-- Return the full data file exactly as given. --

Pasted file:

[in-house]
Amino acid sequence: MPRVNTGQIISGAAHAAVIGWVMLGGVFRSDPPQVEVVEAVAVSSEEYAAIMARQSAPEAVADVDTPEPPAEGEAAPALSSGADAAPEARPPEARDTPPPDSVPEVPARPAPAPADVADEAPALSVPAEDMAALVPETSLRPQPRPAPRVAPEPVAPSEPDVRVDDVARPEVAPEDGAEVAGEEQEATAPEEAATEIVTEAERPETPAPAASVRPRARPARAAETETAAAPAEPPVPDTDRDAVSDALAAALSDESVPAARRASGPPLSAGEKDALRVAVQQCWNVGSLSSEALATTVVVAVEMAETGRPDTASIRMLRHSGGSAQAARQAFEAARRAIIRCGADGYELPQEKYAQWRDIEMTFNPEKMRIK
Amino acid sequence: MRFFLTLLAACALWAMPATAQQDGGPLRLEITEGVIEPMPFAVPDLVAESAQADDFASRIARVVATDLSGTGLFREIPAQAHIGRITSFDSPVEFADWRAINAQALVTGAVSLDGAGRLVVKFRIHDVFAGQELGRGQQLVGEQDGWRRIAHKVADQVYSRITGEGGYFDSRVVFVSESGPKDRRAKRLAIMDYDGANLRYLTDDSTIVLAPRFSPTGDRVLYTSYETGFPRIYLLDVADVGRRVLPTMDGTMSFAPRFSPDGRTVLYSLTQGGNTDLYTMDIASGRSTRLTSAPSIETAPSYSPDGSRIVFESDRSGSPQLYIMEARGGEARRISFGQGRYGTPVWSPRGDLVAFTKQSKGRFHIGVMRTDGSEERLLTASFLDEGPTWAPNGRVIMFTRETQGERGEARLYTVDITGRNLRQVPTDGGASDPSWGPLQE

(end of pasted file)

[in-house]
Amino acid sequence: MPRVNTGQIISGAAHAAVIGWVMLGGVFRSDPPQVEVVEAVAVSSEEYAAIMARQSAPEAVADVDTPEPPAEGEAAPALSSGADAAPEARPPEARDTPPPDSVPEVPARPAPAPADVADEAPALSVPAEDMAALVPETSLRPQPRPAPRVAPEPVAPSEPDVRVDDVARPEVAPEDGAEVAGEEQEATAPEEAATEIVTEAERPETPAPAASVRPRARPARAAETETAAAPAEPPVPDTDRDAVSDALAAALSDESVPAARRASGPPLSAGEKDALRVAVQQCWNVGSLSSEALATTVVVAVEMAETGRPDTASIRMLRHSGGSAQAARQAFEAARRAIIRCGADGYELPQEKYAQWRDIEMTFNPEKMRIK
Amino acid sequence: MRFFLTLLAACALWAMPATAQQDGGPLRLEITEGVIEPMPFAVPDLVAESAQADDFASRIARVVATDLSGTGLFREIPAQAHIGRITSFDSPVEFADWRAINAQALVTGAVSLDGAGRLVVKFRIHDVFAGQELGRGQQLVGEQDGWRRIAHKVADQVYSRITGEGGYFDSRVVFVSESGPKDRRAKRLAIMDYDGANLRYLTDDSTIVLAPRFSPTGDRVLYTSYETGFPRIYLLDVADVGRRVLPTMDGTMSFAPRFSPDGRTVLYSLTQGGNTDLYTMDIASGRSTRLTSAPSIETAPSYSPDGSRIVFESDRSGSPQLYIMEARGGEARRISFGQGRYGTPVWSPRGDLVAFTKQSKGRFHIGVMRTDGSEERLLTASFLDEGPTWAPNGRVIMFTRETQGERGEARLYTVDITGRNLRQVPTDGGASDPSWGPLQE